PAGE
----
Cool. Don't put it, don't put it writing, write slander is what you say and hard to prove. Defamation is what you put in writing. Just the word verbally. Cool. Okay. Excellent. And some of our conversations either asked me if I was recording it. And unfortunately I wasn't, but I guess they could, otherwise, I guess if it's from one, two, they could turn around and say, well, we'll do the same thing to you. Okay. That's fine. That's fine. That's fine. There's no problem. No problem whatsoever. I ask you this now, um, in the conversation with my attorney, I'm sorry if I'm talking too loud, uh, he, he told me that now he's kind of bluffing this guy. Cause he's saying that he has a friend at the bar he's talked to these, does that, um, there may be an ethical obligation to make sure it gets covered.

The patients still want to have an agreement, but he said that in all honesty, as a practical matter, uh, and as a goal, um, complaint probably won't be after to the pond. And I'm wondering a day that you do have an agreement, which is even more powerful than what I am, but the answer is, is I will render that ethical complaint regardless. Cause I want it on, I want it on his record. And if I have the same thing with another patient, I'm going to render an ethical complaint. And if my colleagues have the same problem with them, they should render an ethical complaint. Now, all of a sudden, when the state bar, which is a licensure board, starts to see two, three, four ethical complaints, they can ignore all of them. Right. That's what I thought. Okay. Now was there a med pay provision?

Not that I'm aware of. No. It was known that thing. Okay. Okay. So, okay. So you know what you need to do? Yeah. What's that? Okay. Well, we've been talking about it. Okay. Um, you're, you're going to, you want to get a copy of the reports from the insurance companies, because you want to, um, you want to be able to respond to them. You want to see what they're saying? You have to respond to them and then you want a copy of this first one sheet and you're willing to take whatever reduction in percentage they are. And you can put that in writing because you're a team player. If they are not willing to take a reduction, you're not willing to take a reduction. And are you sure there was no med tech that they've settled the case and the money's from third party? That's my understanding. Yeah, no. When I checked, I don't think he in Kentucky had an out, I don't even know if he had again, insurance, to be honest. And you have to make sure there's also no UN and UIM. Right? So all of those things come into play list is the oldest thing I can tell you is you're just getting started in the program.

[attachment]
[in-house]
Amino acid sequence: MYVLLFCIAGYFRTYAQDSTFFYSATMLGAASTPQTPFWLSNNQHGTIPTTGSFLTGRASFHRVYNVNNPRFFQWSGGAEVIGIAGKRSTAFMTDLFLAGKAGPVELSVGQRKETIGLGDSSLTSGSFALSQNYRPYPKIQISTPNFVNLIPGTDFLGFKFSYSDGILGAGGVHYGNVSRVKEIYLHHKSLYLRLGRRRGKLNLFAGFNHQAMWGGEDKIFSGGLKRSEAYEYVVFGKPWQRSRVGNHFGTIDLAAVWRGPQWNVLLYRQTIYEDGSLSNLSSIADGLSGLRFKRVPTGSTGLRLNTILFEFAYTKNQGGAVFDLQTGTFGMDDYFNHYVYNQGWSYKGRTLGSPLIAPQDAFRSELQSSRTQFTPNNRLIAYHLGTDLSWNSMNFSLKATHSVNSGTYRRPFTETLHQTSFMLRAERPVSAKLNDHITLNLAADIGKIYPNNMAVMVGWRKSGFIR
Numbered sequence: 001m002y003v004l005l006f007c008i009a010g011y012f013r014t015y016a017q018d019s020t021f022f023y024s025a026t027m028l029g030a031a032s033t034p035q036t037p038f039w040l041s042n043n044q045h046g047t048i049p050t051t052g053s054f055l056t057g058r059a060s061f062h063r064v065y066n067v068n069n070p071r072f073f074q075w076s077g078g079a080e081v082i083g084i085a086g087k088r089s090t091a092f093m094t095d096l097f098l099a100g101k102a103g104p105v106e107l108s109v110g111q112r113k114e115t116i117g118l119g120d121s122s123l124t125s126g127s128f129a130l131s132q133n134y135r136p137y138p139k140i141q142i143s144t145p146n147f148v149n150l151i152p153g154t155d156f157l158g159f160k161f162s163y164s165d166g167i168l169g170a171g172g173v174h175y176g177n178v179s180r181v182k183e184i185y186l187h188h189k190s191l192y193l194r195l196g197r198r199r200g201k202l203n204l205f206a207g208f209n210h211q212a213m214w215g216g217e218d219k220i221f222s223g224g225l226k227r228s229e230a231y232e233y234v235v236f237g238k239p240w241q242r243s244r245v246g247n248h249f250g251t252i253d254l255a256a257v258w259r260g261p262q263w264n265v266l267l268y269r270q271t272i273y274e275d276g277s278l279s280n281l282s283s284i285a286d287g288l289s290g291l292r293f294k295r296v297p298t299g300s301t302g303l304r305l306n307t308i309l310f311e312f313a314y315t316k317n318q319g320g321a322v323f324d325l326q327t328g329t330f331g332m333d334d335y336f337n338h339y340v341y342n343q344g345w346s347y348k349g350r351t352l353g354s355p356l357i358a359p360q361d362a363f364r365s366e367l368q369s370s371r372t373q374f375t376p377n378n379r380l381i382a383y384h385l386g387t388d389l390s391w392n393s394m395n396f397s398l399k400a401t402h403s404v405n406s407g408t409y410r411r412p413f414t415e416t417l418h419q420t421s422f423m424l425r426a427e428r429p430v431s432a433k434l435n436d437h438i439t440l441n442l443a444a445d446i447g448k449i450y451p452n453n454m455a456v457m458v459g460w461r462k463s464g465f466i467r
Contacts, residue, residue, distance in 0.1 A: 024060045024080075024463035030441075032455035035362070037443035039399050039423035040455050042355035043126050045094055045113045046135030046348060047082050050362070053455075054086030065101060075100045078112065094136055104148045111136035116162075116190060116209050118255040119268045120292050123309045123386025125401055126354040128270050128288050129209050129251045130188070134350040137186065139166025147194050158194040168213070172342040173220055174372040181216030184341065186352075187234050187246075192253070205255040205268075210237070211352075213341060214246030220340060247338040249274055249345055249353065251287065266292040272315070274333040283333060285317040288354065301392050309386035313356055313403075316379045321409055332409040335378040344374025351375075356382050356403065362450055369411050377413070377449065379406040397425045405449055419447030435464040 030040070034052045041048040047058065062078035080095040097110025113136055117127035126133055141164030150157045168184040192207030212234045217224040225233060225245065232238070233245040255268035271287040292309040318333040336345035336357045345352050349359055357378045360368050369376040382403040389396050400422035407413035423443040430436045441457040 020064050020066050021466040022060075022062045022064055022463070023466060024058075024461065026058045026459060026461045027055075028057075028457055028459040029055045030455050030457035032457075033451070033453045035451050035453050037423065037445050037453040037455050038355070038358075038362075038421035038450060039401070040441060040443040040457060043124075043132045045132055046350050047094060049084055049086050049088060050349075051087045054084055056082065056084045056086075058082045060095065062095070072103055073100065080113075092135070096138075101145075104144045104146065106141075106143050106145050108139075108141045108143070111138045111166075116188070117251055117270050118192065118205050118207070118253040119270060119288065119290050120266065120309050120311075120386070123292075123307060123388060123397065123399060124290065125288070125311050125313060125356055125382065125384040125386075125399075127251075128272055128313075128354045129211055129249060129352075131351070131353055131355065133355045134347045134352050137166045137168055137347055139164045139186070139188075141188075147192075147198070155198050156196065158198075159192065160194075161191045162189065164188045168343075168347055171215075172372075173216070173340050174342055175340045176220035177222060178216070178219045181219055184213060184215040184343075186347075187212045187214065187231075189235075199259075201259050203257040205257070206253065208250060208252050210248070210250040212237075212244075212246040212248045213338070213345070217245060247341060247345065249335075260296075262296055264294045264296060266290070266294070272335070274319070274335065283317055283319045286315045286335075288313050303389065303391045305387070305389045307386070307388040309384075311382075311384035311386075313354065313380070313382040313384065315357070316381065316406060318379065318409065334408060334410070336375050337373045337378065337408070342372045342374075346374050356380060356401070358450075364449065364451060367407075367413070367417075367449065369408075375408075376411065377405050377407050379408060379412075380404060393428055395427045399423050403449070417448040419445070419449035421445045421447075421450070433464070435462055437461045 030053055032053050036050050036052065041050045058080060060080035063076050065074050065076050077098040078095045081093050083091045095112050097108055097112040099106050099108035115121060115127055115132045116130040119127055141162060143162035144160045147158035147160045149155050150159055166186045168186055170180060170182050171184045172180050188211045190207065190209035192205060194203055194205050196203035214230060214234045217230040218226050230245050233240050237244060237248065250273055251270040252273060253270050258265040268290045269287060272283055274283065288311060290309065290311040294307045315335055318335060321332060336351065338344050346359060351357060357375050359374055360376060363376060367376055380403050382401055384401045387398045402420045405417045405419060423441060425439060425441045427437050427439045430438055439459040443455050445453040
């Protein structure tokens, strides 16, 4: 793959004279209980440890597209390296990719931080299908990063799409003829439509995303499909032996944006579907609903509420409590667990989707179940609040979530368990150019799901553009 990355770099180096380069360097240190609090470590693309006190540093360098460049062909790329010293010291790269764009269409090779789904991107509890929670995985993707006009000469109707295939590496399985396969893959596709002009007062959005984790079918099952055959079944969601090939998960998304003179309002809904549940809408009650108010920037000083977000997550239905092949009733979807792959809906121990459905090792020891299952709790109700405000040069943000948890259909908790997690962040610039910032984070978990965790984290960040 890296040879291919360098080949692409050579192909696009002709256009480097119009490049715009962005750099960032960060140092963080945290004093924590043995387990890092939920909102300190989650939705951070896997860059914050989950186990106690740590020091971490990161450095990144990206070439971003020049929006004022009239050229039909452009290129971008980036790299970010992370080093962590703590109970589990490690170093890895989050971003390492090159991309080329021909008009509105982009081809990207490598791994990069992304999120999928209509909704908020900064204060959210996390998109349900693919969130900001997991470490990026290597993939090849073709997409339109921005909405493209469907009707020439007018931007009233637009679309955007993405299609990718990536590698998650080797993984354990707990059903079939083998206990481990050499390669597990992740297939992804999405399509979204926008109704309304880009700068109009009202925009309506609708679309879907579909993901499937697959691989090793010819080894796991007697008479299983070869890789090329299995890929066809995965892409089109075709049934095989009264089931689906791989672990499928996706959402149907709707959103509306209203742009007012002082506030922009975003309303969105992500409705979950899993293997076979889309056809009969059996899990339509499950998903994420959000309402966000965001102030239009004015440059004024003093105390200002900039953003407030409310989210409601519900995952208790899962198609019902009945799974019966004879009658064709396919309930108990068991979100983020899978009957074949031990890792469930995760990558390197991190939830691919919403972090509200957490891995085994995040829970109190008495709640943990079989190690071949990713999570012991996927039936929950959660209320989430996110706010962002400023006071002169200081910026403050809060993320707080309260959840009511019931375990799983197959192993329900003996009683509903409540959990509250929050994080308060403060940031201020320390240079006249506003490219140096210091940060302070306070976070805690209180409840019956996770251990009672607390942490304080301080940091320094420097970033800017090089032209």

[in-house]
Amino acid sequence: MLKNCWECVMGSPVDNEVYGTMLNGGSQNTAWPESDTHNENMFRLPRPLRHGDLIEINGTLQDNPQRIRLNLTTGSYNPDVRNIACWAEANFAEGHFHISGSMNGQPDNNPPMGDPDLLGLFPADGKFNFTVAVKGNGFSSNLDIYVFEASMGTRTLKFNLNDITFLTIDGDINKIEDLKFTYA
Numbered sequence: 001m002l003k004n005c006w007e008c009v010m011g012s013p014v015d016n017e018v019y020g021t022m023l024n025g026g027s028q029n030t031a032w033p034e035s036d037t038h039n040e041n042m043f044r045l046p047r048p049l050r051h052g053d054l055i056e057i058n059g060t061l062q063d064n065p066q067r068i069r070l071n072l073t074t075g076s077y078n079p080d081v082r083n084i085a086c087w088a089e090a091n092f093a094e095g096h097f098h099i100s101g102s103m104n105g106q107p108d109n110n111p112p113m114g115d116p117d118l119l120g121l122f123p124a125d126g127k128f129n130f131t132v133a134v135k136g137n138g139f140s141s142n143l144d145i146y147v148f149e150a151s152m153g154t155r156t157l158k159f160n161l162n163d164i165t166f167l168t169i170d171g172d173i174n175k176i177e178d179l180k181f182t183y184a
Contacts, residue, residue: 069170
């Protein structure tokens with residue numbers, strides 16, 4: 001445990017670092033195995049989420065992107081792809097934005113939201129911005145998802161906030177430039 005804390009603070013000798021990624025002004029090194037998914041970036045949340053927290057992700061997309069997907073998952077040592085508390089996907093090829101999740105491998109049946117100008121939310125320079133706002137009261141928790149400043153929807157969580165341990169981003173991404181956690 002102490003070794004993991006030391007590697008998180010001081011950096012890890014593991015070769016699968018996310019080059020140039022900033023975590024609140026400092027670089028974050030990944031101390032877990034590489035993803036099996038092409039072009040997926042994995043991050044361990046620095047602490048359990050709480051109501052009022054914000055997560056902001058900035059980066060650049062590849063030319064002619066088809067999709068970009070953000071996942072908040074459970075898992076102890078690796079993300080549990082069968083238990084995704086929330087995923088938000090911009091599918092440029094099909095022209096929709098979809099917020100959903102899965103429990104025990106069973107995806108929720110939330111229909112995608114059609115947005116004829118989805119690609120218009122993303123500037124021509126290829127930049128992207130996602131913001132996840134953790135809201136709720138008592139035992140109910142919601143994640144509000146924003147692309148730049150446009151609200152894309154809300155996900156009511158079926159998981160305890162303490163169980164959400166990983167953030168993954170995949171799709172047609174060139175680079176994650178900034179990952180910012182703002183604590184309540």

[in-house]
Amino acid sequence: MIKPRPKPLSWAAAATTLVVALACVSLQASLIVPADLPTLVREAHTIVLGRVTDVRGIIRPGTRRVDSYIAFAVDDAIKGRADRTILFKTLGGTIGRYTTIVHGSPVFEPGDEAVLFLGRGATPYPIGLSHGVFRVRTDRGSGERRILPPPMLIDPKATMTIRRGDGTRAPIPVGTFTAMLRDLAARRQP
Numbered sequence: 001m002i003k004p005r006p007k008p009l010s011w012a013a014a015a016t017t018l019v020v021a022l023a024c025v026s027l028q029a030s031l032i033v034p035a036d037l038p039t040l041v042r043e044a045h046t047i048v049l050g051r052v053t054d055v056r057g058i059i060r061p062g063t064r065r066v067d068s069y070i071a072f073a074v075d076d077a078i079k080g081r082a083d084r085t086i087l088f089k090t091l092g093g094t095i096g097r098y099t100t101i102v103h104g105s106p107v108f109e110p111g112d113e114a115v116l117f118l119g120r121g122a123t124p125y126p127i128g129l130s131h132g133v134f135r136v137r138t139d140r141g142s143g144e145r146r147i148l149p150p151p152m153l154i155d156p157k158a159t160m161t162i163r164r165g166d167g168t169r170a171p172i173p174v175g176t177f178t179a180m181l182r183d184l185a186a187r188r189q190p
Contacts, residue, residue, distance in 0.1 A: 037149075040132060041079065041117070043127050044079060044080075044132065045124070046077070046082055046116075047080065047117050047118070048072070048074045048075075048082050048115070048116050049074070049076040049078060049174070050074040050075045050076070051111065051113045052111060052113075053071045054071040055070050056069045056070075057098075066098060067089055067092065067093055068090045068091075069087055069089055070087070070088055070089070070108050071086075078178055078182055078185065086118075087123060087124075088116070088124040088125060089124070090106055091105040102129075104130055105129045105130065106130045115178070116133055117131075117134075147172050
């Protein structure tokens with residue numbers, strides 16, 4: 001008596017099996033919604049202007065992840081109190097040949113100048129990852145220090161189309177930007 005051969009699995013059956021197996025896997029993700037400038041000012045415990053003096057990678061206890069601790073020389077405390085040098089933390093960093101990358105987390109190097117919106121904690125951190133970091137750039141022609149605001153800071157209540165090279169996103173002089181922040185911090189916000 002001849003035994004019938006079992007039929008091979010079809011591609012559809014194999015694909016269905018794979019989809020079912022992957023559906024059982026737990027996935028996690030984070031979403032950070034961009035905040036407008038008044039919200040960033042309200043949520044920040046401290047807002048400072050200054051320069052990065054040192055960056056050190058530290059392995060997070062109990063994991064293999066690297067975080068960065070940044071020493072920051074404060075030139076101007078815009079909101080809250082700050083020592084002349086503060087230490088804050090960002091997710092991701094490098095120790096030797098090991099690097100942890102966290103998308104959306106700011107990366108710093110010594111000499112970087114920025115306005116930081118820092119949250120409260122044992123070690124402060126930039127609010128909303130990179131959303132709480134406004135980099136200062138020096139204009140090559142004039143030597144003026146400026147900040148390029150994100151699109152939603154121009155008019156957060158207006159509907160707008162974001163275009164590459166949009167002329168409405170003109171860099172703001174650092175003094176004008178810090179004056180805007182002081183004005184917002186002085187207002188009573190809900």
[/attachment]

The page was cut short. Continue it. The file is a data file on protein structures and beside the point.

I love the fun about this program and talking about with case personally. So I'd love to get that too well, we'll work on that, but that's secondary. Just get through those podcasts really fast. We are everything, all of these things are going to be handled. Everything you just said. Most of my docs who have been trained, don't stress over this stuff anymore. They become the ones in control. That's the power that's awaiting you once you get educated. Okay. So, uh, I I'm, uh, now, um, yeah, I'm going to be, I've gone through a little bit of the console every day and I'm planning on Sundays, gonna be my day where I'm just to sit down and pour everything pretty much that yeah, my answer is, is don't do it all in one day. Um, no, because it's too much information. You're going to be on overload.